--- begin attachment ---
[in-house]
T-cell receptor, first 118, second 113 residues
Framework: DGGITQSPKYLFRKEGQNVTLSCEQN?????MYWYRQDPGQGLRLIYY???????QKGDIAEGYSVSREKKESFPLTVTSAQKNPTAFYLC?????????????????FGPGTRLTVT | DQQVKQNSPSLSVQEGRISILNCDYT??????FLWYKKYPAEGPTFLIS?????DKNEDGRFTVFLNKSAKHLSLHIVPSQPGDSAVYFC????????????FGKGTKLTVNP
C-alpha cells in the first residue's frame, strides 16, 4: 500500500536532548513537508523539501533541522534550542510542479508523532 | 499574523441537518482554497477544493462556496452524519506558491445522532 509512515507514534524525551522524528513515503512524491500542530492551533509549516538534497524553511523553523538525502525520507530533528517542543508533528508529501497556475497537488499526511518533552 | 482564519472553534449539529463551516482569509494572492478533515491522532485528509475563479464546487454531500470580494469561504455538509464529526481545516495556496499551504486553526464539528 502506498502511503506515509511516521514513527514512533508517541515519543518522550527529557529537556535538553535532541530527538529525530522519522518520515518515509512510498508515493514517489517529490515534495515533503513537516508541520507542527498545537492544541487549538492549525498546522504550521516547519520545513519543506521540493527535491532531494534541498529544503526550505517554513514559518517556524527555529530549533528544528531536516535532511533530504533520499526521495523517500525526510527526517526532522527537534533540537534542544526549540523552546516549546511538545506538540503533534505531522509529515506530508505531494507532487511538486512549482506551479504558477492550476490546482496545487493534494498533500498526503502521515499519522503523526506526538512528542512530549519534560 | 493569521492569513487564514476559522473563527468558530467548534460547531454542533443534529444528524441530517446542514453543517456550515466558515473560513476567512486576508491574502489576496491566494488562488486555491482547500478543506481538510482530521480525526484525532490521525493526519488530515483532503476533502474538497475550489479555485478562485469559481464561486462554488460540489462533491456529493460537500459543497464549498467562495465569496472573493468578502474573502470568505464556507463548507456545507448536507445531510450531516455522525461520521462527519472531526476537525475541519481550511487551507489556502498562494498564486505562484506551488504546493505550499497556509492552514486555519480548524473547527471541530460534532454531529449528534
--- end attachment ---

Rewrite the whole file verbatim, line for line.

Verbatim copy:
[in-house]
T-cell receptor, first 118, second 113 residues
Framework: DGGITQSPKYLFRKEGQNVTLSCEQN?????MYWYRQDPGQGLRLIYY???????QKGDIAEGYSVSREKKESFPLTVTSAQKNPTAFYLC?????????????????FGPGTRLTVT | DQQVKQNSPSLSVQEGRISILNCDYT??????FLWYKKYPAEGPTFLIS?????DKNEDGRFTVFLNKSAKHLSLHIVPSQPGDSAVYFC????????????FGKGTKLTVNP
C-alpha cells in the first residue's frame, strides 16, 4: 500500500536532548513537508523539501533541522534550542510542479508523532 | 499574523441537518482554497477544493462556496452524519506558491445522532 509512515507514534524525551522524528513515503512524491500542530492551533509549516538534497524553511523553523538525502525520507530533528517542543508533528508529501497556475497537488499526511518533552 | 482564519472553534449539529463551516482569509494572492478533515491522532485528509475563479464546487454531500470580494469561504455538509464529526481545516495556496499551504486553526464539528 502506498502511503506515509511516521514513527514512533508517541515519543518522550527529557529537556535538553535532541530527538529525530522519522518520515518515509512510498508515493514517489517529490515534495515533503513537516508541520507542527498545537492544541487549538492549525498546522504550521516547519520545513519543506521540493527535491532531494534541498529544503526550505517554513514559518517556524527555529530549533528544528531536516535532511533530504533520499526521495523517500525526510527526517526532522527537534533540537534542544526549540523552546516549546511538545506538540503533534505531522509529515506530508505531494507532487511538486512549482506551479504558477492550476490546482496545487493534494498533500498526503502521515499519522503523526506526538512528542512530549519534560 | 493569521492569513487564514476559522473563527468558530467548534460547531454542533443534529444528524441530517446542514453543517456550515466558515473560513476567512486576508491574502489576496491566494488562488486555491482547500478543506481538510482530521480525526484525532490521525493526519488530515483532503476533502474538497475550489479555485478562485469559481464561486462554488460540489462533491456529493460537500459543497464549498467562495465569496472573493468578502474573502470568505464556507463548507456545507448536507445531510450531516455522525461520521462527519472531526476537525475541519481550511487551507489556502498562494498564486505562484506551488504546493505550499497556509492552514486555519480548524473547527471541530460534532454531529449528534